Gustavo Dudamel conducted the Los Angeles Philharmonic in an impassioned program of symphonies by Corigliano and Tchaikovsky for Celebrity Series of Boston in Symphony Hall Sunday.
For a time I was privileged to call the Los Angeles Philharmonic my hometown band. This was during the Esa-Pekka Salonen reign, and I have very fond memories of concerts at both Disney Hall and the Hollywood Bowl. I remember the tight ensemble playing, the thrilling commitment the entire orchestra brought to the performances, and the daring programming.
I had seen Gustavo Dudamel previously, conducting the Simón Bolívar Youth Orchestra. Conducting Stravinsky’s Le sacre du printemps from memory might seem like a cool party trick, but not then; Dudamel had complete mastery over the score and the ensemble, and threw cues with elbows as well as hands. He danced the music on the stage. (I wonder what Diaghilev would have made of the performance?)
So I approached Sunday’s concert with high expectations, eager to see what the five-year relationship between the Los Angeles Philharmonic and Dudamel had produced. My expectations were blown away. The orchestra remains a skilled and tight ensemble able to make beautiful music rich in shading and timbre, to change character on a dime and remain in deep communication with one another at all times, and well-versed in bringing to life the intricacies of contemporary compositions. Dudamel conducting does not have the economy of Salonen, but both are masters of their game and their group; Dudamel conducted clearly, interacted with all the musicians on the stage at any given time, and excelled at phrasing, shaping, connecting lines across sections and parts to blend these voices into exciting and holistic performances.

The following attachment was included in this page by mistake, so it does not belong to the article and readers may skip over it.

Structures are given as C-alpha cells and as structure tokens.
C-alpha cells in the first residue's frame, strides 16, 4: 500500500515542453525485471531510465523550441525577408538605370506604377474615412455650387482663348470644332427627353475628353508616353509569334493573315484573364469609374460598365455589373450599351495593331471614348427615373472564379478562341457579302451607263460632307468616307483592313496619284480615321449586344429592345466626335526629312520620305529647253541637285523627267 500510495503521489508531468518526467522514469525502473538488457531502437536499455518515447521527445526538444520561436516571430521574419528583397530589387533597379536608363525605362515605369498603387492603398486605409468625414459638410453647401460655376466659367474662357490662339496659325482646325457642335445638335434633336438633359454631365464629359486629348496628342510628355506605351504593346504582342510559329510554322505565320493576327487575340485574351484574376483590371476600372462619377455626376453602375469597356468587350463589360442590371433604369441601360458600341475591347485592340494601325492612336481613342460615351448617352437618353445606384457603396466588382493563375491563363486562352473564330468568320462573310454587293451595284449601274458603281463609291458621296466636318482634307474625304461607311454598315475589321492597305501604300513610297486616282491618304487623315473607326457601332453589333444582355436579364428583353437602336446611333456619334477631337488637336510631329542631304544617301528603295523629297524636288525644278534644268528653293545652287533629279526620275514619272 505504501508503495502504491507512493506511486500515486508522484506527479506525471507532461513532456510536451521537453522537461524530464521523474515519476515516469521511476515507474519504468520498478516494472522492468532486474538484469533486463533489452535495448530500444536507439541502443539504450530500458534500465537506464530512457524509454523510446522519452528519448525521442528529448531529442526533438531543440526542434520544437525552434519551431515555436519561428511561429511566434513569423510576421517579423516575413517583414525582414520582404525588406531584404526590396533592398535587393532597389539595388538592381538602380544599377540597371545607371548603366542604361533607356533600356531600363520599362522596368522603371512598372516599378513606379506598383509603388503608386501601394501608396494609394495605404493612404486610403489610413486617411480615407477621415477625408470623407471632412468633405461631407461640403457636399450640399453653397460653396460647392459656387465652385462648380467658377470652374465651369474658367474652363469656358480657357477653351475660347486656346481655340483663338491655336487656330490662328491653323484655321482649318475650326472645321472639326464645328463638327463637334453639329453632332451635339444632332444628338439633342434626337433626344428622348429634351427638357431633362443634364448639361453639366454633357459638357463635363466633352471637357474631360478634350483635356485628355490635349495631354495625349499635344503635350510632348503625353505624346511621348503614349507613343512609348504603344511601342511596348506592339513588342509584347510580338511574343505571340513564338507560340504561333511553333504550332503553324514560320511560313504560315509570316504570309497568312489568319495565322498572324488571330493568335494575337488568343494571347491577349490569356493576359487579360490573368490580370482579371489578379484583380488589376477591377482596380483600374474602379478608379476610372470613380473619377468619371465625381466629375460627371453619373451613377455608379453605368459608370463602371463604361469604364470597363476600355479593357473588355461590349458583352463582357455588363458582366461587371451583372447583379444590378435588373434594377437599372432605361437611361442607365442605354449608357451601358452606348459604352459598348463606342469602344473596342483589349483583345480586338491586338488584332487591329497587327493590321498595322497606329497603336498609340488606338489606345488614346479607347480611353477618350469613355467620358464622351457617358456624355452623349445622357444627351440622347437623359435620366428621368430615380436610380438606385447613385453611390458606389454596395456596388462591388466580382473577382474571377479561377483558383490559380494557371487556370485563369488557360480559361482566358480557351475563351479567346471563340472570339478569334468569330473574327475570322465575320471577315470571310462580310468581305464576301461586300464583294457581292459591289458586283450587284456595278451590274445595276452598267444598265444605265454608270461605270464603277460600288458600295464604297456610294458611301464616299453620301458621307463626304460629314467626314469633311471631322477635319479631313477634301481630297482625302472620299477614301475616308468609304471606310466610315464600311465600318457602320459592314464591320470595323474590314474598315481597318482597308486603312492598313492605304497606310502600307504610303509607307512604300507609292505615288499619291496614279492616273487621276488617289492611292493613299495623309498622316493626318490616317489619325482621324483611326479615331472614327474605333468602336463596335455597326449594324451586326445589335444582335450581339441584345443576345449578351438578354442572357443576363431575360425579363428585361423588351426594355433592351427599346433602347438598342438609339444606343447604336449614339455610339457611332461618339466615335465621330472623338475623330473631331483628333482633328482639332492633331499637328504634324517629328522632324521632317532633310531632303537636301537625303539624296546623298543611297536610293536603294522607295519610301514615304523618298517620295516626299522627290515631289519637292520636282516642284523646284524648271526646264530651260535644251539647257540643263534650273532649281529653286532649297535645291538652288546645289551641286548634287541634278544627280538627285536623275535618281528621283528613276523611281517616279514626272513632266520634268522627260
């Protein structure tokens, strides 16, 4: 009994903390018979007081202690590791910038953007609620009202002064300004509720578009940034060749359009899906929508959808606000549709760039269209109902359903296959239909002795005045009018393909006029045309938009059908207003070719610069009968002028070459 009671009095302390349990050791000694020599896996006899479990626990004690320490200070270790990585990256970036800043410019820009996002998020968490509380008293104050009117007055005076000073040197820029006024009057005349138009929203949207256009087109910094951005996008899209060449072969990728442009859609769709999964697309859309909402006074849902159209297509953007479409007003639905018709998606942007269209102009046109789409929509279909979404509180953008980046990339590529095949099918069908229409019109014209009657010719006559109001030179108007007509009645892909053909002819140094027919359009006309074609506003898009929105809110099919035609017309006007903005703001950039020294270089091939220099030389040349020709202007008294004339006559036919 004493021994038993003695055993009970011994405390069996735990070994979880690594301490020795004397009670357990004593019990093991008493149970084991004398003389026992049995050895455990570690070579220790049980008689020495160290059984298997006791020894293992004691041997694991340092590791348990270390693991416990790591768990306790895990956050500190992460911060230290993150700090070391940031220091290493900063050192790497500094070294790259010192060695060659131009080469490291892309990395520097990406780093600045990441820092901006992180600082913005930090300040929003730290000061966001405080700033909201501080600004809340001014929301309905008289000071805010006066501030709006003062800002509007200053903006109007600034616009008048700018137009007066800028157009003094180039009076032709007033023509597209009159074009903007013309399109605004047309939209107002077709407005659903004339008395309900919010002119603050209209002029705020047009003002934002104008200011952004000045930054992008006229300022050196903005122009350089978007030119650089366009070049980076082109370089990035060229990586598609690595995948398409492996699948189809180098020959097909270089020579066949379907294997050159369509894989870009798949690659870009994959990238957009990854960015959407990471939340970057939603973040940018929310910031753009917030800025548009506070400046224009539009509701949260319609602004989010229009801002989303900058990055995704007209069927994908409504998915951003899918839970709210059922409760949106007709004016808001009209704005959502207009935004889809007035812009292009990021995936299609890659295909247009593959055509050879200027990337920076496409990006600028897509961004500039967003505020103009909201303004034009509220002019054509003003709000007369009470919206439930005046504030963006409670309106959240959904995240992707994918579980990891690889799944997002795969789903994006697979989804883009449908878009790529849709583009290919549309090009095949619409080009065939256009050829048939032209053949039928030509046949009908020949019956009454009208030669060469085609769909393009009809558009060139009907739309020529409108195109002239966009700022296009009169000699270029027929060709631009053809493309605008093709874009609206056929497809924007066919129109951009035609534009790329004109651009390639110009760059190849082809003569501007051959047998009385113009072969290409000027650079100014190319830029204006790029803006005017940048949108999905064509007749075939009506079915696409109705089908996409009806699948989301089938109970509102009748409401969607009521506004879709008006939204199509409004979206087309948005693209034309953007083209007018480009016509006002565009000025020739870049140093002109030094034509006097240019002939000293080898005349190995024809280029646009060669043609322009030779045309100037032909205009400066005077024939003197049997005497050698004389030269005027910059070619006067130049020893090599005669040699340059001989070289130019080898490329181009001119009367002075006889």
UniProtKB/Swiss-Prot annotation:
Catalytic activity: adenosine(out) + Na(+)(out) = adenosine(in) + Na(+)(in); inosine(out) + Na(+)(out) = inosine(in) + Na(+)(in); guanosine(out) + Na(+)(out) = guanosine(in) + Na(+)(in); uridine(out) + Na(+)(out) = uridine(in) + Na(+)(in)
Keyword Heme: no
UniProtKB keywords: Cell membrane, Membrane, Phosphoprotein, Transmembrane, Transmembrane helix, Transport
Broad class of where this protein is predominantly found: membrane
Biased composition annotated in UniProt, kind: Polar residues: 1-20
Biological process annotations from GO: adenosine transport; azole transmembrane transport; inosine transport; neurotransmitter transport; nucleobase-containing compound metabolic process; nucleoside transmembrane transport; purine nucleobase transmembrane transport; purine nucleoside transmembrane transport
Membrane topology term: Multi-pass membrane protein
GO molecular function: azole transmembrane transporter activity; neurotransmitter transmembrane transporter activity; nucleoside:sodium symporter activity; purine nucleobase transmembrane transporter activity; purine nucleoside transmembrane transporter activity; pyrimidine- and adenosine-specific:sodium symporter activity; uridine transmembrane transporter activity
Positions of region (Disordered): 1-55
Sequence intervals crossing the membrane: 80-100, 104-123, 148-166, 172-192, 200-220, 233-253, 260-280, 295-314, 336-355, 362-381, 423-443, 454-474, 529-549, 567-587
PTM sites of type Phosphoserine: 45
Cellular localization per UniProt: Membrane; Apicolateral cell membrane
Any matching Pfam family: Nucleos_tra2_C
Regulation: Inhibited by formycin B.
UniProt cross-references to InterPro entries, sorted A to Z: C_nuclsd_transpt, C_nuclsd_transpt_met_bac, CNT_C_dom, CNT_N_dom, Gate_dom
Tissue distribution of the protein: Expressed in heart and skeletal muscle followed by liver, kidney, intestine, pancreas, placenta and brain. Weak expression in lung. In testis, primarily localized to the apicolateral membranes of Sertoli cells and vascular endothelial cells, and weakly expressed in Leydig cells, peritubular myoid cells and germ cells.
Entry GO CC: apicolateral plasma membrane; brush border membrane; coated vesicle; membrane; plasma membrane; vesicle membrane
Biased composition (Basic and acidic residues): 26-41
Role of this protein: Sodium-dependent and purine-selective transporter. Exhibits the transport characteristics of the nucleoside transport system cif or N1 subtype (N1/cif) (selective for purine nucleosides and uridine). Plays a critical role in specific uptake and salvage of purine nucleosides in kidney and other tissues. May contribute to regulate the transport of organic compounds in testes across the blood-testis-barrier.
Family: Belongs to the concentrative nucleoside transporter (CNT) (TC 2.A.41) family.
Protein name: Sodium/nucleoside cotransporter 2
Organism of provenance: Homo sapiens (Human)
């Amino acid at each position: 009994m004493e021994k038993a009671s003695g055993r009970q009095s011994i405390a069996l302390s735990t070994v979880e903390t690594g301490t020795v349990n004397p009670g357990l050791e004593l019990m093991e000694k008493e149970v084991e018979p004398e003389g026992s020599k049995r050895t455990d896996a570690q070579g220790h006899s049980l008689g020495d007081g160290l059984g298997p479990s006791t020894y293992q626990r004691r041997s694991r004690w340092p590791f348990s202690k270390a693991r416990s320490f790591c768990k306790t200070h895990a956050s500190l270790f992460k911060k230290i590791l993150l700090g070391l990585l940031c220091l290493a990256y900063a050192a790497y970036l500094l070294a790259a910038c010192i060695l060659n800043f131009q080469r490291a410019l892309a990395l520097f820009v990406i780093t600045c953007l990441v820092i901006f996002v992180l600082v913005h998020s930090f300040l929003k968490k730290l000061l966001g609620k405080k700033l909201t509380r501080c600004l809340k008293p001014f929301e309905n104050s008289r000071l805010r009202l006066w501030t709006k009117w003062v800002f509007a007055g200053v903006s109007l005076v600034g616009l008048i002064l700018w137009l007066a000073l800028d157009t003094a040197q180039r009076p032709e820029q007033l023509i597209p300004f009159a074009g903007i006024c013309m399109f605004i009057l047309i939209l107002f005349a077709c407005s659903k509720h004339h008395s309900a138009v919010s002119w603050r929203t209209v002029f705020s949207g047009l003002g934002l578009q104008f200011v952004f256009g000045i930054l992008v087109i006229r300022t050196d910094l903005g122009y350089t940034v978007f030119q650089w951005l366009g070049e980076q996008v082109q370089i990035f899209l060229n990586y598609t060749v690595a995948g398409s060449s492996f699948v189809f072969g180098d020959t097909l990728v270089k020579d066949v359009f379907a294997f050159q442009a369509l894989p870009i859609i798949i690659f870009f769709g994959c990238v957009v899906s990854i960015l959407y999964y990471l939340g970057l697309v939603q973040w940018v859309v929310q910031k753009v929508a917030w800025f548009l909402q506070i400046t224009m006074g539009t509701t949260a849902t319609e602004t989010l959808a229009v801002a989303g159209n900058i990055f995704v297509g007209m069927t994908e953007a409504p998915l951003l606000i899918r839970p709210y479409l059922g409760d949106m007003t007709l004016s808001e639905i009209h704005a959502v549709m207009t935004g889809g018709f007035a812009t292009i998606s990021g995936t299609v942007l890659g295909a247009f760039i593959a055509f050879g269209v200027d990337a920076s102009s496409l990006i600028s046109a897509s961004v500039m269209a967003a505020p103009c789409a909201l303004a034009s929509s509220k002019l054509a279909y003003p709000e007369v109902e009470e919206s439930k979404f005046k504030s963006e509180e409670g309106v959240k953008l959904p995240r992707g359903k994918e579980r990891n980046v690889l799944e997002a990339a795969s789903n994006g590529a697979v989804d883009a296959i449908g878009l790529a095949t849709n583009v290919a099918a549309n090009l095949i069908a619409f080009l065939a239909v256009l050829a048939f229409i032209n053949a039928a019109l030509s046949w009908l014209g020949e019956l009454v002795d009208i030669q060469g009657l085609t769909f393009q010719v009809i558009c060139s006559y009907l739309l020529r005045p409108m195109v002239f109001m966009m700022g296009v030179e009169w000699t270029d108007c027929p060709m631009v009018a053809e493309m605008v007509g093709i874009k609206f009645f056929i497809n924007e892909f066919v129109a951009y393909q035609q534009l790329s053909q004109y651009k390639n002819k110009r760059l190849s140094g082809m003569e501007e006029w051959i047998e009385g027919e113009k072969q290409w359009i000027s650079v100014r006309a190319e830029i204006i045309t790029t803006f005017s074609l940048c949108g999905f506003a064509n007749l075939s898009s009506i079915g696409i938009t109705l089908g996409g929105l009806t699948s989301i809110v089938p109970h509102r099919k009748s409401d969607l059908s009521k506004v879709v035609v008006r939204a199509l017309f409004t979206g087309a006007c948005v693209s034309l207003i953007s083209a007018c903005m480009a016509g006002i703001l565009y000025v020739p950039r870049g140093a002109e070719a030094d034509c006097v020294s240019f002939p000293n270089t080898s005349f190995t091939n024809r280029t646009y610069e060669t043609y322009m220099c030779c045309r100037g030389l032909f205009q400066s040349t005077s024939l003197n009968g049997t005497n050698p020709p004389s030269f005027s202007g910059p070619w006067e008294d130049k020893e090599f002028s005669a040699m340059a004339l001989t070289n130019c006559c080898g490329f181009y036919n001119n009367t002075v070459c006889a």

The concert opened with John Corigliano’s Symphony No. 1 (1988). Calling for a very large ensemble including a full complement of winds, a large battery of percussion, musicians offstage, and four mandolins, this is a dense and thorny composition. Corigliano characterized himself as a reluctant symphonist who was motivated by viewing the AIDS Quilt and turned to this “comparably epic form,” a forty minute symphony, to “memorialize in music those I had lost [to AIDS], and reflect on those I was losing.” This is a complex musical work which calls on instrumental mastery and extended technique in several instances; from the violin part I spied on music stands, the notation seems equally complex. Musically the idiom is removed from the composer’s Red Violin music or his various choral works that are heard more frequently. This symphony is a powerful and haunting composition drawing on musical traditions and history in interesting and nuanced ways to craft a compelling musical narrative. This is also one of the strongest musical depictions of confusion, uncertainty, and despair that I know.